To our knowledge, this is the first report of potential prognostic value for AIF1L, SERPINC1, and CES1 expression in ccRCC patients. The prognostic index model based on the three genes revealed a better performance than each gene alone. The performance of this model for the prediction of first-year survival in the TCGA dataset reached 0.671 using AUC analysis, indicating that it can predict the prognosis of ccRCC patients. One limitation of this study is that the model’s risk score was not compared with other clinical parameters (age, histological grade, and pathological stage) for the prediction of overall survival. Furthermore, this research was conducted using retrospective data available from public databases. Further verification will require prospective clinical trials.
AIF1L expression is markedly decreased in ccRCC tissues compared to normal kidney tissues. The expression level of AIF1L decreases with increasing tumor stage. A novel prognostic index model based on AIF1L, SERPINC1 and CES1 expression can predict the prognosis of ccRCC patients. This study provides additional insight into the potential role of AIF1L in the development and progression of ccRCC. Our proposed prognostic index model may help physicians in assessing the prognosis of ccRCC patients.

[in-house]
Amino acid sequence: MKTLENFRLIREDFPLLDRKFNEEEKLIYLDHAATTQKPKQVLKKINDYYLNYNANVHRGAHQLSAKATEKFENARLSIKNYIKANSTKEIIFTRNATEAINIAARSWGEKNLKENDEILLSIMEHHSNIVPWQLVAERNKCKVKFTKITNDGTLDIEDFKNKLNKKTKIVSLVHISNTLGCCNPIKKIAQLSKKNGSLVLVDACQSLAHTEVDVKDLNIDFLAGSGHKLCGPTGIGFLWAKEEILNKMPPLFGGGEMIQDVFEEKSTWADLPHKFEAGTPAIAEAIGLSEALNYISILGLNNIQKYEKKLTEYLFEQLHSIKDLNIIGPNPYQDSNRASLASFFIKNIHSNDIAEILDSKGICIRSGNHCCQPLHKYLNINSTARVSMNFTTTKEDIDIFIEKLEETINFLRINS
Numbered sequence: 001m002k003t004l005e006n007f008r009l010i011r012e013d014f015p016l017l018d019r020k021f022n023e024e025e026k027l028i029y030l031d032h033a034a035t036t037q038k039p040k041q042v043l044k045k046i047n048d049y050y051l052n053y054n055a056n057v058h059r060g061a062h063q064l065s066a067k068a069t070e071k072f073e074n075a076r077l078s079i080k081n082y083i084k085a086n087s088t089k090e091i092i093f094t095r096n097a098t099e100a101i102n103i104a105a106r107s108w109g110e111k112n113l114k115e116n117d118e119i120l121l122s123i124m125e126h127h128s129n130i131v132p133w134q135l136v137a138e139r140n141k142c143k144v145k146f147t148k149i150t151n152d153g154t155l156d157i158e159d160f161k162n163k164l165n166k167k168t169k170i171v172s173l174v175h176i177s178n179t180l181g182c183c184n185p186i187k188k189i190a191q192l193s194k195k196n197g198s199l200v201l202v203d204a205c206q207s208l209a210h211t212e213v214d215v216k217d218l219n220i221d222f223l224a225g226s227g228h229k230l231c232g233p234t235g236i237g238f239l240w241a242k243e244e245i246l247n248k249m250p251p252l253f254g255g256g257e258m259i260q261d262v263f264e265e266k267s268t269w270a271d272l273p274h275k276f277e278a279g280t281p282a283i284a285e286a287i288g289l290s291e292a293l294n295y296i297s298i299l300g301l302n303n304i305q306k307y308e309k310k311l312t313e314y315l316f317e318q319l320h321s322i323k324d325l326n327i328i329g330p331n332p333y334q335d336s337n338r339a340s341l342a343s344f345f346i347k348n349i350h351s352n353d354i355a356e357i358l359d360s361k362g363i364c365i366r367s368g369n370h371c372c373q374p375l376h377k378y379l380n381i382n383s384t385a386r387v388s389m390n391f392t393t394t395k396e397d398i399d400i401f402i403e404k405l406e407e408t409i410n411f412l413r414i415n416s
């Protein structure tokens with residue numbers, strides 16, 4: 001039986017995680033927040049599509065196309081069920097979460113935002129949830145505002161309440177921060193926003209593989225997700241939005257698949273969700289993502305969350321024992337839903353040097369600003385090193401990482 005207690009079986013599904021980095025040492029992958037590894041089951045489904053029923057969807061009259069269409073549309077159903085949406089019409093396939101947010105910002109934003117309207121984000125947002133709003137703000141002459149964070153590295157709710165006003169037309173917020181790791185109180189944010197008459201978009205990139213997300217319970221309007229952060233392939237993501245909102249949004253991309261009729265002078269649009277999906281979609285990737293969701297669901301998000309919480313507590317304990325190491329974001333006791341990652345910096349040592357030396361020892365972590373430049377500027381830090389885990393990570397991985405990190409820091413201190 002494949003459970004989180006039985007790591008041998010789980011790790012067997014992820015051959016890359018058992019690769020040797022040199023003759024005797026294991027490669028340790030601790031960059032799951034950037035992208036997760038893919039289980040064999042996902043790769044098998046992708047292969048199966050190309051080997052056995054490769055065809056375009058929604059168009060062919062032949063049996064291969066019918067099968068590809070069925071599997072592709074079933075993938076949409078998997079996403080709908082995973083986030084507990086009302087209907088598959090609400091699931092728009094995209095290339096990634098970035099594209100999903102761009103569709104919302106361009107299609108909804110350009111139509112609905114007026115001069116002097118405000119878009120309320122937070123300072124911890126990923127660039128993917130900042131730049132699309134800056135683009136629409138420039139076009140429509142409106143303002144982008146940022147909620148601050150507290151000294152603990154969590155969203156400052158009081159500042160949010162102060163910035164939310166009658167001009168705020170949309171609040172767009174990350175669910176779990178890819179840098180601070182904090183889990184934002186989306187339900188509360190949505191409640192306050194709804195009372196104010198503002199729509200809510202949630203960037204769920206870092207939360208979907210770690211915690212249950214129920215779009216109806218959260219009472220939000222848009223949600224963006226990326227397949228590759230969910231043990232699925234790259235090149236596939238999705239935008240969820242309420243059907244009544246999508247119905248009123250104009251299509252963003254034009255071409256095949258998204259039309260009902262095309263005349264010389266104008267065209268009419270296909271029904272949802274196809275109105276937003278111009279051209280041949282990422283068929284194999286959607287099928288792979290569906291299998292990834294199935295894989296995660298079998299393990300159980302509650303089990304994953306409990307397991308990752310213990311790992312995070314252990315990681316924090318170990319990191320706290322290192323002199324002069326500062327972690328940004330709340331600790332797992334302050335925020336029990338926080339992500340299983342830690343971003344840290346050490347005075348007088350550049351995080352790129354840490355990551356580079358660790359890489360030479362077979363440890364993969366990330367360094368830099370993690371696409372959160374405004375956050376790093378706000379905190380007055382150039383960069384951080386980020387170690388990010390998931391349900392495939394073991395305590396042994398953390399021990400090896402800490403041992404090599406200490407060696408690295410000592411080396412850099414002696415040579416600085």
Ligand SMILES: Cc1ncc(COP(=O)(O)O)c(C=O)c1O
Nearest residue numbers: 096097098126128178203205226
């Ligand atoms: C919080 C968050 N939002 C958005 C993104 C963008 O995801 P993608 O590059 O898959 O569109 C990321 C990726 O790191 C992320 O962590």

RCC, renal cell carcinoma; ccRCC, cell renal cell carcinoma; PRCC, papillary RCC; ChRCC, chromophobe RCC; VEGF, vascular endothelial growth factor; VEGFRs, vascular endothelial growth factor receptors; PD-1, programmed death 1; EFh, EF-hand; AIF1, allograft inflammatory factor 1; AIF1L, allograft inflammatory factor 1 like; FPKM, Fragments Per Kilobase Million; TPM, Transcripts Per Kilobase Million; GEO, Gene Expression Omnibus; DEGs, differentially expressed genes; GO, Gene Ontology; KEGG, Kyoto Encyclopedia of Genes and Genomes; K-M, Kaplan-Meier; AUC, area under the ROC curve; HR, hazard ratio; CI, confidence intervals; ECM, extracellular matrix; SERPINC1, serpin peptidase inhibitor clade C member 1; ATIII, antithrombin III.
Dataset downloading and analyses—SZ, ZC, JC, MS, YC. Conception and Design—AY, RL, SZ, JL, FL. Manuscript writing—YW, YX, JZ, WC, HW. Manuscript revision—HW, JL, FF, ZW, CW, BX. All authors contributed to editorial changes in the manuscript. All authors read and approved the final manuscript.
This work was supported by grants from the Natural Science Foundation of Zhejiang Province (LQ20H160007), the Natural Science Foundation of Fujian Province (2019J01153), the fourth batch of key discipline construction Project fund of Fujian Medical University Union Hospital, and Startup Fund for scientific research, Fujian Medical University (2019QH1053).
The authors declare no conflict of interest.
The datasets supporting the conclusions of this article are included in this article.